I get to share Tracelet’s story directly, witness peoples’ responses, hear what they see and connect in a way that is not possible within the normal retail model.

It is my personal belief that a designer’s true gift rests not just in the physical objects and places that they have made through out their career. These are merely the perspiration from an endeavour to make everyday experiences better.

INSPIRATIONAL MOMENTS! Array Installation for the 2007 Qld Architecture Awards Event: a collaboration between Christina Waterson and Cox Rayner Architects. Photography by CFC Photography.

Our biggest contribution is the opportunity to inspire and move others (professionals, students and people from not only the design sector but all areas of the community) to think differently.

Our philosophies, sharing our process and knowledge and (yes) how these ideas are embedded in the environments and things that we design in the world, are integral to creating a spark; a spark that challenges people to think differently about what and why they do what they do in life, work and business.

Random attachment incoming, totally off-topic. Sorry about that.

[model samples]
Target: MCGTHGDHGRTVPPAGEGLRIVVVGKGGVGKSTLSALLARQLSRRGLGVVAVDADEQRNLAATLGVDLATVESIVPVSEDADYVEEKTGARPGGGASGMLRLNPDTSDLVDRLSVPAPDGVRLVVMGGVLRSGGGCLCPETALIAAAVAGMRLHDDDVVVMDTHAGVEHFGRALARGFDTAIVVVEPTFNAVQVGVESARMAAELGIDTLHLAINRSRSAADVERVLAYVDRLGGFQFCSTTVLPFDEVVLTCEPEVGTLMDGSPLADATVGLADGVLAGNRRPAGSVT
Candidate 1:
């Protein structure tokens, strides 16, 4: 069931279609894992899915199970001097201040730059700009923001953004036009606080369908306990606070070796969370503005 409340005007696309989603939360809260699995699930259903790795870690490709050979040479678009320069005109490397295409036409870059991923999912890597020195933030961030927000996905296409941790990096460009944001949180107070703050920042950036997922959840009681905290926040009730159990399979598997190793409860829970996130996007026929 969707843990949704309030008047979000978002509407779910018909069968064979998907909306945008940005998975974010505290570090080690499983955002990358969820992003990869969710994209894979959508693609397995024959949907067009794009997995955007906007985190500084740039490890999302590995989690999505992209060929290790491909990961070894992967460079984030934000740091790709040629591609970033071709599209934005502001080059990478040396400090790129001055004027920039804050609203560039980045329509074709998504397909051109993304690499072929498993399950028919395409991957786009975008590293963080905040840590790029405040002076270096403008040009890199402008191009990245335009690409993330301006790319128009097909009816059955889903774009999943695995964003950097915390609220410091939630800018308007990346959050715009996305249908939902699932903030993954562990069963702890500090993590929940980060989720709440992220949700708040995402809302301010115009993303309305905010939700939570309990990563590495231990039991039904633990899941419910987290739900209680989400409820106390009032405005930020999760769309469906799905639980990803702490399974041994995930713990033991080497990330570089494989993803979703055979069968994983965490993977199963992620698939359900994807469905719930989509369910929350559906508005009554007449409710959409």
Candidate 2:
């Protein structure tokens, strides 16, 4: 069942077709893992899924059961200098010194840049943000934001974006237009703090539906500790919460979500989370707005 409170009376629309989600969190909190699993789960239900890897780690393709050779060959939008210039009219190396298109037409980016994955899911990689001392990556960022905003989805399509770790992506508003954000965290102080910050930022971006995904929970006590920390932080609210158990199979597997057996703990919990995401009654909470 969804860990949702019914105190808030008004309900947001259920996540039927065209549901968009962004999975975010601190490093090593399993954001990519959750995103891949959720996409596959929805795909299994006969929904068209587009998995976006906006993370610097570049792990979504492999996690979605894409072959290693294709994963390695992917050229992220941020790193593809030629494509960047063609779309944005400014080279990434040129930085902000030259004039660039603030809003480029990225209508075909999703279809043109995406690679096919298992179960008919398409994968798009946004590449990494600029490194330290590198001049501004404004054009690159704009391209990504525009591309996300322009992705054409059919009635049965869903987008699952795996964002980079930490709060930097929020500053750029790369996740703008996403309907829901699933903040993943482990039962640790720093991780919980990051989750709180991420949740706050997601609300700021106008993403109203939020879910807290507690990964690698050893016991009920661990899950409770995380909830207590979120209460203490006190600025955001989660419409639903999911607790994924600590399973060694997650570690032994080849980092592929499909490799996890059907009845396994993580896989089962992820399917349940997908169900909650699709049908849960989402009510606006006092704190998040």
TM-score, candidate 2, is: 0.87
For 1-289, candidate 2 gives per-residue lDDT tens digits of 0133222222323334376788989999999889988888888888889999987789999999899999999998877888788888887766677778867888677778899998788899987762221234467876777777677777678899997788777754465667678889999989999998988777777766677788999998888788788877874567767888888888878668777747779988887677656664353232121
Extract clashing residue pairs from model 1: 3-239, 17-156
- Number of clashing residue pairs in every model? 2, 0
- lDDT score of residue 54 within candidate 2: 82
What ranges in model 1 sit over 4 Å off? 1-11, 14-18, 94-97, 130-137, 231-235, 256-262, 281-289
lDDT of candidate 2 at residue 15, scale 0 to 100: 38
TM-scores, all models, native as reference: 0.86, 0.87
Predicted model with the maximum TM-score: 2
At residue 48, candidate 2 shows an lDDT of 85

Passionate chats at Why We Create’s Queensland Launch. Photography Joshua Thies.

Making connections at Why We Create’s Queensland Launch. Photography Joshua Thies.

Our true value is not the price that we get for our designs or the number we sell over time, but rather the relationships between people and personal connections made within all of our thinking.

Written for DESIGN ONLINE, The State Library of Queensland’s new online resource.

Design Online is delivered and curated by the State Library of Queensland’s Asia Pacific Design Library. The Asia Pacific Design Library is a shared space (physically and digitally) for industry, academia and the public to come together in the generation of new knowledge around design in the Asia Pacific.

Check out Design Online and the also fantastic Design Minds!